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From: Thorsten Ottosen (nesotto_at_[hidden])
Date: 2005-04-07 12:54:20

Hi Pavel,

Finally someone who comments :-)

"Pavel Chikulaev" <pavel.chikulaev_at_[hidden]> wrote in message
| Thorsten,
| 1. Since we can iterate over elements in container using pair of begin end
| pair of ptr_begin ptr_end it's not enough to provide member-functions which
| take only iterators as arguments, we also need overloads which take
| ptr_iterators.
| Motivation example:
| ptr_vector<int> v;
| //...
| ptr_vector<int>::iterator i = std::find(v.begin(), v.end(), 5);
| if (i != v.end())
| v.erase(i); //works just fine, but
| int k = 5;
| int * pk = &k;
| ptr_vector<int>::ptr_iterator i = std::find(v.ptr_begin(), v.ptr_end(), pk);
| if (i != v.ptr_end())
| //here we can just write simple erase, we need to write something like
| v.erase(v.begin() + std::distance(v.ptr_begin(), i));
| //and it's really no good.

well, you can't normally make a search like that unless you use the view-clone

| I'd like to list all the functions that need to have a twin, but I'd better
| shorter - at least every public function that have one or more parameters
| with type iterator. Differently, ptr_iterators seem to be sick, petty and
| harmed. We just can't use them anywhere.

the intention was that they could be used with permutating, mutating standard
eg. sort(). you need access to the pointer to be able to do that.

| Another, more simple approach is to provide function that returns iterator
| of the corresponding ptr_iterator.
| The funny thing is that we already can
| get ptr_iterator from iterator, but it's not so needed as the backward
| transformation. But I do think this is not a good solution, because with
| approach we can achive the required functionality, but the syntax will be
| very very bad.
| One more approach is to simply get rid of ptr_iterators, but provide user
| with adapters he will ever need. I like it, but sometimes (or more oftener)
| I (and you) still simply need ptr_iterators.
| IMO the best solution is the hardest solution - approach number 1.

well, the function that currently turn a ptr_iterator into an iterator is
called the constructor of an iterator.

As you say, ptr_iterators seems to be fact, the only legal
solution is to simply let them be iterators over void*'s. yes, the current
implementation might work on 99% of all compilers, but it is not
guaranteed to do so.

So that has to happen. Given that, do we still want them? The alternatives

1. yes, provide them and let users do the cast inside their functor

2. no, don't provide them

2. no, don't provide them, but implement safe versions of the most common
    algorithms, eg.


| 2. The next drill is on templated functions and constructors.
| If we will decide to keep ptr_iterators, consider the following code:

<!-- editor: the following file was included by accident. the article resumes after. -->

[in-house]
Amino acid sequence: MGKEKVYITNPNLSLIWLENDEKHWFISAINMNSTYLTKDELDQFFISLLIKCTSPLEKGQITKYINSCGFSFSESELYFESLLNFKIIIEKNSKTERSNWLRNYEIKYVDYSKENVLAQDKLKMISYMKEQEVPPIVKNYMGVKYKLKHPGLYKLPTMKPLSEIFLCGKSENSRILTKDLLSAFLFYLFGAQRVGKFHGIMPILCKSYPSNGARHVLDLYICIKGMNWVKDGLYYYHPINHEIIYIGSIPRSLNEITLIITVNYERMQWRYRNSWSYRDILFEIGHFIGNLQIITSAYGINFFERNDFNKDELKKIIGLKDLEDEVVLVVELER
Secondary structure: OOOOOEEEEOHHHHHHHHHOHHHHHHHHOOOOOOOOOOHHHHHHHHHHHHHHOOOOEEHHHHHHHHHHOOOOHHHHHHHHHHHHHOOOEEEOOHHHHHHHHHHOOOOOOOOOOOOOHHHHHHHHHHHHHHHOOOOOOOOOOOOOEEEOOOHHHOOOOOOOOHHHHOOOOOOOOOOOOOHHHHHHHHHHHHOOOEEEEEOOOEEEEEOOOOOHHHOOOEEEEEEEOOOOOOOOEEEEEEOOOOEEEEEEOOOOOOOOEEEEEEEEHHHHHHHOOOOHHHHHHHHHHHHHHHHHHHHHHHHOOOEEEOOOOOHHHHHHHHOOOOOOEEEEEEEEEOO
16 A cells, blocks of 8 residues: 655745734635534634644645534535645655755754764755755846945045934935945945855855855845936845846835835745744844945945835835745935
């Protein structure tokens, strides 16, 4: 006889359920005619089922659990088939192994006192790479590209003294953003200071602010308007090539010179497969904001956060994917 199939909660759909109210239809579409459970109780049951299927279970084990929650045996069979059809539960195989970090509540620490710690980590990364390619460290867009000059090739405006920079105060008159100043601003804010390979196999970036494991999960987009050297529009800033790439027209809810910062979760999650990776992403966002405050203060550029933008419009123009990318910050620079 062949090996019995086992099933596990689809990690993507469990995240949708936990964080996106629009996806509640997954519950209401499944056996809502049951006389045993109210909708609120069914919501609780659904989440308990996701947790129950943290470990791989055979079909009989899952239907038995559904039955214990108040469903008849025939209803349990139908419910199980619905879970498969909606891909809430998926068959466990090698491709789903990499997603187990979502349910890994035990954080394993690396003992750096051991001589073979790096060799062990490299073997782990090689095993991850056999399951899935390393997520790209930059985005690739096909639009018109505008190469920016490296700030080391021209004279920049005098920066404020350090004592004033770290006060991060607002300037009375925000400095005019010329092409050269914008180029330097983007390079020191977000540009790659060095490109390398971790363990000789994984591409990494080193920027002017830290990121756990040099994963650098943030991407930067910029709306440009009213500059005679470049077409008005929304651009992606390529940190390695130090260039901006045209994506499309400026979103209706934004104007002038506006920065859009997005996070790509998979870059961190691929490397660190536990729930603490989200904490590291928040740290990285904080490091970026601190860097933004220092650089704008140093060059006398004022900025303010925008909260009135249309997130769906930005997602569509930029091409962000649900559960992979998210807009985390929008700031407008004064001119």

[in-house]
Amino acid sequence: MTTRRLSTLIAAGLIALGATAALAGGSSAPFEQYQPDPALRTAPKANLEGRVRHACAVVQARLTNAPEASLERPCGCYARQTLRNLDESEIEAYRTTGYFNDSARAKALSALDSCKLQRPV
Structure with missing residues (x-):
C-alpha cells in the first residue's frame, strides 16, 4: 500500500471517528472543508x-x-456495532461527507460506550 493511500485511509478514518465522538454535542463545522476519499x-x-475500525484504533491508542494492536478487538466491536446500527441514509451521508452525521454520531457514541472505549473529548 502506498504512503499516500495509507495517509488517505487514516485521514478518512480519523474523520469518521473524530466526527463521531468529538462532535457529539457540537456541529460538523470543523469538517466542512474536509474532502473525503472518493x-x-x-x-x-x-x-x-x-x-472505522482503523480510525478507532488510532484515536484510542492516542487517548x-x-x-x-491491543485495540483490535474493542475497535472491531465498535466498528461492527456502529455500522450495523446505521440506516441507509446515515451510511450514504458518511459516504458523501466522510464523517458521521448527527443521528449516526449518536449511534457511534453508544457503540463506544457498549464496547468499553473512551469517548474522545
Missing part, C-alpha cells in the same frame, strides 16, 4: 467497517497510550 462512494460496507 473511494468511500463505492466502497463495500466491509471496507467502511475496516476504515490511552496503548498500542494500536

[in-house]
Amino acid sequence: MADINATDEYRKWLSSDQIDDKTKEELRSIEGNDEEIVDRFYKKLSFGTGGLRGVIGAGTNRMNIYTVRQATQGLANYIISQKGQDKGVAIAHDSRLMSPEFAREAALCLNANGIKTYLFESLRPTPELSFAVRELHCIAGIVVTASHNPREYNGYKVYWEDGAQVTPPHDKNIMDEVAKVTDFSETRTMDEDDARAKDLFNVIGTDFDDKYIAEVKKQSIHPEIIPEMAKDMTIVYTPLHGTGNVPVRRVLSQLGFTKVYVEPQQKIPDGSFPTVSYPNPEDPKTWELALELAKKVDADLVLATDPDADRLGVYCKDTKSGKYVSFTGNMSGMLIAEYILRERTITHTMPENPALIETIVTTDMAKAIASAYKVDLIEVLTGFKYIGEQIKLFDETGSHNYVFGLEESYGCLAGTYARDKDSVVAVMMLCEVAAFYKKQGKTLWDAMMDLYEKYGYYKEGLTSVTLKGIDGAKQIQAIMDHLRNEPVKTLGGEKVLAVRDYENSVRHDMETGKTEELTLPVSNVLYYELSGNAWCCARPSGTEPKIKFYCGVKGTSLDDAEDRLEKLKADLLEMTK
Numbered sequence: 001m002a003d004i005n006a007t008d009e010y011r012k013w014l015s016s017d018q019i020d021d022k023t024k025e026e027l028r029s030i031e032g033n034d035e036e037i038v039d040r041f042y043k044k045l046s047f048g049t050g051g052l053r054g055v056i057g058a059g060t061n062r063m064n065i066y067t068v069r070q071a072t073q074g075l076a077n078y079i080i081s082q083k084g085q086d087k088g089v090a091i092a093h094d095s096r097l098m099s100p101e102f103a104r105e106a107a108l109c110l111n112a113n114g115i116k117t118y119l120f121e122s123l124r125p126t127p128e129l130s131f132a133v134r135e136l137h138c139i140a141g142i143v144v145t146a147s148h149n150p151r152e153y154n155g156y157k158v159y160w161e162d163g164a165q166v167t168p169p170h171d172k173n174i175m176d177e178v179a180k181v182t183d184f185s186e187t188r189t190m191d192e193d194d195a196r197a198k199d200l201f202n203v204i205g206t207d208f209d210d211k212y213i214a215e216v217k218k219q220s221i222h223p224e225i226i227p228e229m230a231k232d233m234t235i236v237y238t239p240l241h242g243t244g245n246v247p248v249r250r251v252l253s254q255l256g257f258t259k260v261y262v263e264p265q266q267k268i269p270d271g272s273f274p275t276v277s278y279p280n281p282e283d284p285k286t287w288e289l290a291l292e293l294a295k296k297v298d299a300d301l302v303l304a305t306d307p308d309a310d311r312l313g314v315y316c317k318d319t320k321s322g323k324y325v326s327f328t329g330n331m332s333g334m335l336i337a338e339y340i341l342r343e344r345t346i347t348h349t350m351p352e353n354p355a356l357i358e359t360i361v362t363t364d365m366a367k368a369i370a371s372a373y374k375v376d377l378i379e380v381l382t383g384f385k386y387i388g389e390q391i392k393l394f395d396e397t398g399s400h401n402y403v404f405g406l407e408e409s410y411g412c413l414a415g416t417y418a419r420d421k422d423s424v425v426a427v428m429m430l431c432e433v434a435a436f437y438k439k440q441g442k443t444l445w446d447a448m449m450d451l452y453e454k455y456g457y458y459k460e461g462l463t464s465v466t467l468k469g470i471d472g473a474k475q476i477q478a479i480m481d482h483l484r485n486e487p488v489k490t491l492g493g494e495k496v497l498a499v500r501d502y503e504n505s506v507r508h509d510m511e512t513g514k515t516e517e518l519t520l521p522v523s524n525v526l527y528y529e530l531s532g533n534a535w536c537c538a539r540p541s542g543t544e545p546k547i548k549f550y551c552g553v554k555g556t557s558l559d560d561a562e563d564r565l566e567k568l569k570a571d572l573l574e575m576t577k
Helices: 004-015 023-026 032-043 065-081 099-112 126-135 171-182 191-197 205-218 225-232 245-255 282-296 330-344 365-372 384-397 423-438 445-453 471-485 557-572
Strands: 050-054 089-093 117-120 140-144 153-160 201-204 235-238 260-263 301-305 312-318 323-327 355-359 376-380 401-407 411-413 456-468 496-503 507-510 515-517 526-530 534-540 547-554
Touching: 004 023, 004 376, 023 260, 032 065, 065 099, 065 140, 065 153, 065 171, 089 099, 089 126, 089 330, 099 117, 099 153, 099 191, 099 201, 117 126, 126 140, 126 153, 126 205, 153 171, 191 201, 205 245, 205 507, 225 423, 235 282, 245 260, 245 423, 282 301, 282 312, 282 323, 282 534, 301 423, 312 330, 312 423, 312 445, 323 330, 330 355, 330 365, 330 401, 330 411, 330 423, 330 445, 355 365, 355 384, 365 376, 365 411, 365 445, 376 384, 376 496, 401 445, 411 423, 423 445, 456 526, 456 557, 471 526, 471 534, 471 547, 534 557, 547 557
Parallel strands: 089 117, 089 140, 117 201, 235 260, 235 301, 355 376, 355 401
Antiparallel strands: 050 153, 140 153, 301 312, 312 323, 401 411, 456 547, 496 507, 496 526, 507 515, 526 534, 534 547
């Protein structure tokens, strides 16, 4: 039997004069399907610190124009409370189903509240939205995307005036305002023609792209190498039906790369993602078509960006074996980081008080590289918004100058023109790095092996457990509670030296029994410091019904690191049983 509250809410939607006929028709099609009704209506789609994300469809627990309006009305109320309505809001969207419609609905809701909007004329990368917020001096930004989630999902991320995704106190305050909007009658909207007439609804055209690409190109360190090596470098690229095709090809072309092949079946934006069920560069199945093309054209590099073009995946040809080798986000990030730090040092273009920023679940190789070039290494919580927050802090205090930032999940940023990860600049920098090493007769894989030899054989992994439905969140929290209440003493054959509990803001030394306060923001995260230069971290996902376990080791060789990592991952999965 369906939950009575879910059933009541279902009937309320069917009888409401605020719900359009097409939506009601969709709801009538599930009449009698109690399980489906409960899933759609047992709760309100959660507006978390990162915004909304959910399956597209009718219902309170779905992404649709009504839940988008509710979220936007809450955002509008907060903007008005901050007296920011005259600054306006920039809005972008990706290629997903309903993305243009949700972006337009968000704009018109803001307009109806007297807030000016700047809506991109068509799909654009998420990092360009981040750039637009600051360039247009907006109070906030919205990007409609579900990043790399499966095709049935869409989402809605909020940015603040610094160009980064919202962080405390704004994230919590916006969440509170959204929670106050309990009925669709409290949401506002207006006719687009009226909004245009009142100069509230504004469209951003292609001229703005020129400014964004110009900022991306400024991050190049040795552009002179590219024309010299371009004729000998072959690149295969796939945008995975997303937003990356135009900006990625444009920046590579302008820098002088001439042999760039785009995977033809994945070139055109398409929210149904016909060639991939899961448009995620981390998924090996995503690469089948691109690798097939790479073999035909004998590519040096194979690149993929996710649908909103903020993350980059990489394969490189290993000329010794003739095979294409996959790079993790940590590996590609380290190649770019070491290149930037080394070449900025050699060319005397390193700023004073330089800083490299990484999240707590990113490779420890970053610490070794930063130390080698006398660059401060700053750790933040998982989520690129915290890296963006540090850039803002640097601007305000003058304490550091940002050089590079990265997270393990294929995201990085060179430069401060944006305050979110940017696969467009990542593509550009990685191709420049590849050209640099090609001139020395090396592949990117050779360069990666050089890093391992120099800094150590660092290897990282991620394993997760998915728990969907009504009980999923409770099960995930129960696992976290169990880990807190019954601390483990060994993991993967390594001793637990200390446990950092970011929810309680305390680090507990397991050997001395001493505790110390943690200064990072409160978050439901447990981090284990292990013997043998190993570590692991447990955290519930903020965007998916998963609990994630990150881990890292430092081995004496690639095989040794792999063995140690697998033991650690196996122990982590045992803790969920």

well, let's dezide that first, then.

| 4. IMO header <boost/ptr_container/clone_allocator.hpp>
| deserves to be higher in folder hierarchy since its' contents
| can be widely used by other libraries/people.

I'll consider this.

| 5. IMO header <boost/ptr_container/exception.hpp> contents doesn't follow
| naming scheme.
| What do other people think when they see boost::bad_index & ?
| Some class, maybe exception, since it has prefix bad, but how knows
| that this class comes with ptr_container library? No-one. BTW
| why don't you use std::out_of_range?

    because it takes an std::string argument in its constructor.

| At least please change its' name.
| The same for boost::bad_pointer in the same header file.

isn't the important part that we inherit from std::exception?

what names do you suggest?

| 6. What a funny name!!
| boost::ptr_container_ptr_container_detail in
| <boost/ptr_container/nullable.hpp>

ah, a search and replace bug.

| Maybe this header also deserves more fame(I mean nullable<T>)?


| 7. Why don't you throw std::out_of_range exception like std containers when
| ptr_sequence_adapter::at is out of bounds? Instead, you throw unknown
| boost::bad_index.

because of the string argument

| 8. It's seems you didn't put contents of detail headers in detail namespace
| we have boost::map_config class in
| <boost/ptr_container/ptr_map_adapter.hpp>.
| Why don't you put all adapters and their config classes to
| ptr_container::detail
| namespace? I don't think anyone will use them.

it was requested during the review. I'm not too keen on the idea, but
it doesn't hurt presently.

I think you're right that map_config and ptr_map_adapter_base ect should
go into ptr_container_detail namespace.

| 9. <boost/ptr_container/ptr_predicate.hpp> contents derserve to be

actually, it should be removed.

| And it's better to make ptr versions to all <functional> functions and
| these
| classes:
| template<typename T, typename U, typename R>
| class boost::ptr_binary_function : std::binary_funtion<T *, U *, R>
| template<typename T, typename R>
| class boost::ptr_unary_function : std::unary_funtion<T *, R> {};
| It will simplify your code and IMO it will be useful for users who wants
| to make their own ptr functions/predicates.
| 10. indirected1, indirected2 are not good names, don't you think?

please take a look at indirect_fun; it is meant to replace the ptr_predicate

| 11. std::set doesn't have set::at, why does boost::ptr_set have one(even

I haven't documented it yet because I was doubtful about it too. I all for
removing it.

| Sorry to dig so deep.

no, thank you for digging so deep.

| P.S. BTW, have you fixed that const_ptr_iterator bug yet?

about conversion from ptr_iterator? If so yes,


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